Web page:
By Laura Swanson, Editor, Tillamook County Pioneer
At 94-years-young, (Gerald) Pat Patterson arrived in Tillamook County as a Coast Guardsman in 1943 at the brand new Garibaldi station during World War II. During his three-and-a-half years of service, he rode horse patrol on the beaches (his first horse was “Garibaldi”),
rescued several people, and was the last of the Coast Guard Reserve lighthouse keepers at Cape Meares.
He has a few stories to tell … such as the mysterious sinking of a sub off Cape Meares. Over 50 years later, government officials interviewed Pat about that night in 1944. “I was on radio duty from midnight to 4 a.m.,” explained Patterson. “There are two radios, regular communications and an emergency radio, that never came on, accept that one night, when it crackled to life with a counting ‘1-2-3-4 drop’ and then for two hours I heard the bomb concussions.” It wasn’t until that interview 50 years later that confirmed that a full-size Japanese submarine was sunk off Cape Meares on the fateful night in 1944.
“When I arrived in Garibaldi at 19, I knew that I was in the most gorgeous spot in North America,” said Patterson. “I’ve had a great, great, great life and even then I knew that I was the luckiest guy.” Born Gerald King Patterson in Graybull, Wyoming, raised on Cottonwood Creek near the Big Horn River, all the menfolk in the family bear the nickname “Pat”. “It gets real confusing at family reunions,” said Patterson. “Then the wives all call us by are given names,” he chuckled. “I’ve taken my mother’s advice to heart – Treat others as you want to be treated, so I’ve always treated everyone as if they are my dearest friends, and so I’ve made lots of friends,” he continued.
Pat fell in love with a girl in Garibaldi while serving in the Coast Guard, and her family owned Edmonds Seafood Company. For 30 years, Pat worked at Edmonds, “49 hours a day, three months without a day off – that should have told me something about that life,” explained Pat. “One night we processed 10 ton of crab, moving two and half ton of salmon.” Patterson served as a Port Commissioner when the port was located in Bay City, and began his years of community service through the Garibaldi Lions.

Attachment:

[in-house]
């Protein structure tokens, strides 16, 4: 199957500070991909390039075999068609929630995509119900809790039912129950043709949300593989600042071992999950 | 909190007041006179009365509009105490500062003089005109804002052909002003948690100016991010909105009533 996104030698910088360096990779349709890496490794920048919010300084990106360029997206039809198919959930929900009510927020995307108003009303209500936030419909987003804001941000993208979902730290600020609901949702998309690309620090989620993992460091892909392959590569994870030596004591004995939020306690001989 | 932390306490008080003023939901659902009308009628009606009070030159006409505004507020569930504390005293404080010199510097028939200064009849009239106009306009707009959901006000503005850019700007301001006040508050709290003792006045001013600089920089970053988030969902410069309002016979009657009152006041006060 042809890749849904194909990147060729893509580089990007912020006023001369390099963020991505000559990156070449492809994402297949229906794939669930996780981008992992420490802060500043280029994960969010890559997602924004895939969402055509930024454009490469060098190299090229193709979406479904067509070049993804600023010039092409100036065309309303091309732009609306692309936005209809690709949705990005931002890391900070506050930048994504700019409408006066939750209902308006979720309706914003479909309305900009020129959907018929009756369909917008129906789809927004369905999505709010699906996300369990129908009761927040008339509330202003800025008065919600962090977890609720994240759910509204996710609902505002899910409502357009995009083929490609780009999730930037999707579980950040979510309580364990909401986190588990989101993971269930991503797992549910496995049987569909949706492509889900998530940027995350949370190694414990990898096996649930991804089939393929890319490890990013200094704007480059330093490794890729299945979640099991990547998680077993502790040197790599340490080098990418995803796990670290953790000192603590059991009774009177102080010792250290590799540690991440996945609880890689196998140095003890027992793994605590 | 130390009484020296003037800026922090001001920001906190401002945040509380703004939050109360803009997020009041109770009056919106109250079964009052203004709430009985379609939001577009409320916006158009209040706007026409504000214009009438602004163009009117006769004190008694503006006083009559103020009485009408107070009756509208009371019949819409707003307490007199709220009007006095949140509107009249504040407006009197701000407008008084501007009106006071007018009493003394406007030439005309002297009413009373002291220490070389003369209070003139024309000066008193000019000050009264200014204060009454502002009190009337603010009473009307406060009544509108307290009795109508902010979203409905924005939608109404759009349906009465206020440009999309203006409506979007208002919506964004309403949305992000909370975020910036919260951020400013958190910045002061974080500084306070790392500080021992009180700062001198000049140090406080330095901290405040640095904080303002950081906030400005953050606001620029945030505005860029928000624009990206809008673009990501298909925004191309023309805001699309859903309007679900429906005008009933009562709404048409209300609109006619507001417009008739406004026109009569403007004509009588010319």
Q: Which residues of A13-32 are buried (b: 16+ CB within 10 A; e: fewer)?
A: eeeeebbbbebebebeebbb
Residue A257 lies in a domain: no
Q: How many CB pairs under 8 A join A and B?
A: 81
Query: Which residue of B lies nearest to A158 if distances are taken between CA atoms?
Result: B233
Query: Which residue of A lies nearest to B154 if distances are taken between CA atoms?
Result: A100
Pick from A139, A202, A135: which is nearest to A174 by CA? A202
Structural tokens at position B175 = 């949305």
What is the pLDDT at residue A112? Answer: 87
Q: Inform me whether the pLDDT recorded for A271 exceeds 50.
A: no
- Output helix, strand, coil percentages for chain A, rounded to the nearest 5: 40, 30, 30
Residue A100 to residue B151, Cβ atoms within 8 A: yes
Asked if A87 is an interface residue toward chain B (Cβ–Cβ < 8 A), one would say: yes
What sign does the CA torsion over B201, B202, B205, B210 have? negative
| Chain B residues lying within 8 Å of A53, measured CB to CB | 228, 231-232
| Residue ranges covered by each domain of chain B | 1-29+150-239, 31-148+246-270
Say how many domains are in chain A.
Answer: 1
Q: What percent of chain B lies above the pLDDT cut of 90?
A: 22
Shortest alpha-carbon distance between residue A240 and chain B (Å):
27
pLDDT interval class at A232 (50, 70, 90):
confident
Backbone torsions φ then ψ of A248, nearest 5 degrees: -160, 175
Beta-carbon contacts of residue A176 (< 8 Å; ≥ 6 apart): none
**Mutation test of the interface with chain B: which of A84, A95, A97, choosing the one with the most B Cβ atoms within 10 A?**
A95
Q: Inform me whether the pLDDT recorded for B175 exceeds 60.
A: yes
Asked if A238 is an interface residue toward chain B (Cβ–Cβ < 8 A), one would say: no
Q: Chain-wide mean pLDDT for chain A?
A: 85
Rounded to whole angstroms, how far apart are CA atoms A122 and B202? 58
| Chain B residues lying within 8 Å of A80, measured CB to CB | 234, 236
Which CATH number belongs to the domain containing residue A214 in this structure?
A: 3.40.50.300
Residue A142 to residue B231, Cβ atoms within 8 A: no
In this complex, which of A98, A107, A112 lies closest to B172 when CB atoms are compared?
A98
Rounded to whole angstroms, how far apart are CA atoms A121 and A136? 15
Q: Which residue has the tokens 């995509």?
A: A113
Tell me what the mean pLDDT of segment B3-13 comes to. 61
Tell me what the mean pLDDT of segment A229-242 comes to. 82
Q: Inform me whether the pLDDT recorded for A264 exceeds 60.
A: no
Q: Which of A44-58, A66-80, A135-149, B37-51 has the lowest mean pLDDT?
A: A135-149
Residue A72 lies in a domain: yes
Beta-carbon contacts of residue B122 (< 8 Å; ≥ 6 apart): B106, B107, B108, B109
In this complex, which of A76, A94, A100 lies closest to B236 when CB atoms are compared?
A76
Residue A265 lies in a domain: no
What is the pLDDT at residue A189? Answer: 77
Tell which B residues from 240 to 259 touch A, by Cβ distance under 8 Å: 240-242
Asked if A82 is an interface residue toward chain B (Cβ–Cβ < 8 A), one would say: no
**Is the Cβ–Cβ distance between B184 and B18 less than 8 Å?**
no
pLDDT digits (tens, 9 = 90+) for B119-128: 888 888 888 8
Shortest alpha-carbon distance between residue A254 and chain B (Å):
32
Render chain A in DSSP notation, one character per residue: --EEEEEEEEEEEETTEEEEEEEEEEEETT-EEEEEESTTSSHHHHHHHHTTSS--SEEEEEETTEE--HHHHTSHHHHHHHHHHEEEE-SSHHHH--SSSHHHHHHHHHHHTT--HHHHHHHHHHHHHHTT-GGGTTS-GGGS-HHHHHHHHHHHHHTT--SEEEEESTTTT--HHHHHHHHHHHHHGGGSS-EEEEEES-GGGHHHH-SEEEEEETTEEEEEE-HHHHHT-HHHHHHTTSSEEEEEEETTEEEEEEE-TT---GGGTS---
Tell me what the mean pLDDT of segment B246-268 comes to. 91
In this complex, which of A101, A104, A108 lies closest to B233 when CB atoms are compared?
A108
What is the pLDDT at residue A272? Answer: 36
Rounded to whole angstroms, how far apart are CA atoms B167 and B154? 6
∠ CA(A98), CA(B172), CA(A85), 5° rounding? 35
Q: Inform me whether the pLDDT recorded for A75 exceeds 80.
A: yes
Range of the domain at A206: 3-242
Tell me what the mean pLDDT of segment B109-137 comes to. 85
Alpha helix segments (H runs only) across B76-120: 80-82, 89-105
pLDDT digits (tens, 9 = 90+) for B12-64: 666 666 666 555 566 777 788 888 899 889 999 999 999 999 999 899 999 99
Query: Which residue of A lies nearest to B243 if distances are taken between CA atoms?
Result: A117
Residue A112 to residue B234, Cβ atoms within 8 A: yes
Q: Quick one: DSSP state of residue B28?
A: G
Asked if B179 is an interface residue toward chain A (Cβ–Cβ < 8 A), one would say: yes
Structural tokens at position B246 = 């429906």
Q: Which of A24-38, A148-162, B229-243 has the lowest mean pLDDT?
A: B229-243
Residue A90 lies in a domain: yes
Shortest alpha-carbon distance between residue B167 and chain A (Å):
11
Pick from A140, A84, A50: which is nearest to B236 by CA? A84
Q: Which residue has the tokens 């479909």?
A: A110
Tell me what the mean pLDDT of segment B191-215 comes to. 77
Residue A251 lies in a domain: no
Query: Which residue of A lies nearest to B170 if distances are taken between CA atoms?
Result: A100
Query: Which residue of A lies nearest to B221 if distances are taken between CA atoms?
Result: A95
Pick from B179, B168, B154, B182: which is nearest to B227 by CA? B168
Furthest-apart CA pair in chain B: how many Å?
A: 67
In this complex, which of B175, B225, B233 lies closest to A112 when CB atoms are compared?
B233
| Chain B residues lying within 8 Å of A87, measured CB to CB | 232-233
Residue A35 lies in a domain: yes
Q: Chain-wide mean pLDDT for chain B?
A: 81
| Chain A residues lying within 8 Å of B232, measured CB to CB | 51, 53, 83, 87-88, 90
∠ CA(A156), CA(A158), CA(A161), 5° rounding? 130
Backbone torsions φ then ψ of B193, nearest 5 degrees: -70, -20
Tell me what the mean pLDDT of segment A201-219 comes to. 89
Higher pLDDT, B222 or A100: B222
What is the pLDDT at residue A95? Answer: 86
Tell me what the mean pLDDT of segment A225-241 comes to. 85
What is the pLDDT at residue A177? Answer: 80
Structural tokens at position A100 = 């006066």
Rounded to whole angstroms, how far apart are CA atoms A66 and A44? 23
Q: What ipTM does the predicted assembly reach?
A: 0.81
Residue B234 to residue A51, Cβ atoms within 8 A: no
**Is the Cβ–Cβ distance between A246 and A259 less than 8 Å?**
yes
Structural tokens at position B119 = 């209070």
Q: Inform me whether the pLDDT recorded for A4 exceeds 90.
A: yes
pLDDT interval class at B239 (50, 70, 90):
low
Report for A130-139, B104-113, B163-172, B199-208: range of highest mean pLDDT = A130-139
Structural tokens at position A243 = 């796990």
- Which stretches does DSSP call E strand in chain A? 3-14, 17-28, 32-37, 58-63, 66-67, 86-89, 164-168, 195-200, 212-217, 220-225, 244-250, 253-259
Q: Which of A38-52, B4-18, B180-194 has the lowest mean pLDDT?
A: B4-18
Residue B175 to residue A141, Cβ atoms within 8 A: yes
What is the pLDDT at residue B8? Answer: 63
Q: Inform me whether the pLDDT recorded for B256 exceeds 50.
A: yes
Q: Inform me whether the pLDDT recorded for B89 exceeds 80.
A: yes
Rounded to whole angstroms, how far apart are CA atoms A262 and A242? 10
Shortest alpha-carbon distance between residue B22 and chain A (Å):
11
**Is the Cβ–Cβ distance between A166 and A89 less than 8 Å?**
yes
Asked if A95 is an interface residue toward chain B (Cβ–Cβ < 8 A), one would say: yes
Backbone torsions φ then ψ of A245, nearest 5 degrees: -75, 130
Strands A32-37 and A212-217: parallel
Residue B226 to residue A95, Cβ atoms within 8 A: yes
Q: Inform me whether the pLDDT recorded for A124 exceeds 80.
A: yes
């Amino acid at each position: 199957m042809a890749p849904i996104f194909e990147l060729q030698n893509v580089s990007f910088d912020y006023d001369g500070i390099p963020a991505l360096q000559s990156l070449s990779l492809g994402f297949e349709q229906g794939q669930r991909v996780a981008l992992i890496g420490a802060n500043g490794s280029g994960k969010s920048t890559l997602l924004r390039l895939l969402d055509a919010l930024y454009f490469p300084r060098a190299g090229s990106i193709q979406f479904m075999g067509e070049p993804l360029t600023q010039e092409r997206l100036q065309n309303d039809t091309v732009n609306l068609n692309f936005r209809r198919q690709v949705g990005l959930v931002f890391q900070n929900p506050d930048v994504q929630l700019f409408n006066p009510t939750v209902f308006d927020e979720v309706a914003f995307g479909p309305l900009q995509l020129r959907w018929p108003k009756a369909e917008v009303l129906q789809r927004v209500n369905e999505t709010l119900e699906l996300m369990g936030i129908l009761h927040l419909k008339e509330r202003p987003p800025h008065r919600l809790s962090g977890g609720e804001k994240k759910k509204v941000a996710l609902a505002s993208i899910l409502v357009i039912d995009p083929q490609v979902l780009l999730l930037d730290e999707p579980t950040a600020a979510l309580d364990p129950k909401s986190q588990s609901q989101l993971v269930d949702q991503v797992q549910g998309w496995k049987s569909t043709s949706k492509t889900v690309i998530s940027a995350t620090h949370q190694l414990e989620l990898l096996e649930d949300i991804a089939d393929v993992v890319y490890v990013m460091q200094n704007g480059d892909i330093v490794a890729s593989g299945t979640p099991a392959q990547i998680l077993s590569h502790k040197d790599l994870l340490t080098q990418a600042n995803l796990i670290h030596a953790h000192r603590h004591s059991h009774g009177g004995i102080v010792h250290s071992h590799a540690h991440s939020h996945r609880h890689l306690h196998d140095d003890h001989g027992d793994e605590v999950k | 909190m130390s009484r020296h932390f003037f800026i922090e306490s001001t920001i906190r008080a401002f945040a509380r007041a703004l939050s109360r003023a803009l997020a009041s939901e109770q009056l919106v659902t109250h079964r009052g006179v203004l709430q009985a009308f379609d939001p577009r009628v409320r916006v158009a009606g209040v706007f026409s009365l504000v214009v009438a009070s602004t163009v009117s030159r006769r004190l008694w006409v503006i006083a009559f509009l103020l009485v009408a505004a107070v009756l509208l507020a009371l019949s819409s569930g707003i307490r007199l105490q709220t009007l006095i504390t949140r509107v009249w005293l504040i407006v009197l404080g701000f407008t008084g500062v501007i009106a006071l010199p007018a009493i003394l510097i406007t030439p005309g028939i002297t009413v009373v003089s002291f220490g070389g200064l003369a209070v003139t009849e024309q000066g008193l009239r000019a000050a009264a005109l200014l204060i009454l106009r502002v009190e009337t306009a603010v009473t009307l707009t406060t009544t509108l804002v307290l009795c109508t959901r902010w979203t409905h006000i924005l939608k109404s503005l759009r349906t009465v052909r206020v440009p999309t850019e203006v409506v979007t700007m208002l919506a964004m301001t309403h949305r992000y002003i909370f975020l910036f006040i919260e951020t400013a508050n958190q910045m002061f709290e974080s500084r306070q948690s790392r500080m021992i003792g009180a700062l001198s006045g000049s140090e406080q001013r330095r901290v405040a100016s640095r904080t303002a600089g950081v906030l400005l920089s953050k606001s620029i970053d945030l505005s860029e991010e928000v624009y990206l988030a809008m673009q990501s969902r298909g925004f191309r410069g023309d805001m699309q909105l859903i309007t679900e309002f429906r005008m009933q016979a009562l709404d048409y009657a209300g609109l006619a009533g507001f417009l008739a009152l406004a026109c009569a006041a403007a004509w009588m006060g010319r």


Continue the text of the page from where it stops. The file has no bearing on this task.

Pat is one of the founders of the Garibaldi Lions’ Lumbermens and Railroaders Park at the southern entrance to the Port of Garibaldi. Over the years, he was instrumental in acquiring equipment to display and bring #90 to Garibaldi. “Bill Fouste and I went up to Washington to pick up a load of logs, and there was #90, well, I fell in love with the old girl. We came home with the logs and the engine,” said Patterson. The Lions Club is working to preserve the famous #90 engine as well the 1913 passenger car and caboose. Working with the Oregon Coast Scenic Railroad and other railroad enthusiasts, plans are to seal the roofs of the equipment and a general “sprucing up” of the park is also in process.
“I want to see this park restored to its glory days,” said Patterson. “Since I’m 94, that’s why I’m calling it my last hurrah. I’ve seen so many things in all my years, so many changes, and this park is near and dear to me. I could tell you the stories about each building, piece of equipment, and more.” And even about the trees planted there as well. Audio recordings of Pat’s stories that could be accessed while visiting the park are being developed, so everyone can hear from the man himself about the park and equipment. Though he’s referring to this as his “last hurrah”, Pat continues to be involved with many community projects – so it’s doubtful that this is his “last” hurrah. Pat’s passion for the Park, the trains and all things historic is a call for “all aboard for action” to make this a tribute to the hardworking lumbermen and railroaders that were instrumental in the early days of Tillamook County.
A suggestion that Pat could write a book about his stories, brought this answer, “Well, if I’d had some wild women in my past it might be a best-seller,” he said with a laugh, “But no wild women, just lots of really great people, good friends and good times.”
The Garibaldi Lions Club is undertaking the project with other community partners, and the Port of Garibaldi to update the buildings, improve signage at the lumbermen’s equipment museum and protect the historic #90 engine, passenger car, caboose, and other equipment. Donations would be greatly appreciated to help with the projects, and plans for the future restoration of the engine and rail cars. “We look forward to the day when we can allow public access to #90, the passenger car and caboose,” said Lions Club members. “We can all show Pat that we’ve got this and will proudly restore and maintain this park that he’s dedicated his life to.”
To donate to the Garibaldi Lions Club Lumbermens and Railroaders Park, send donations to Garibaldi Lions Club, PO Box 597, Garibaldi, OR 97118, designating donation to the Park.
For more information about the projects, contact Lions Club members, Aaron Inman at 541-908-3627 Aaron Inman or Becky Bridge at 503-801-3331 or email to Karna Inman at email@example.com.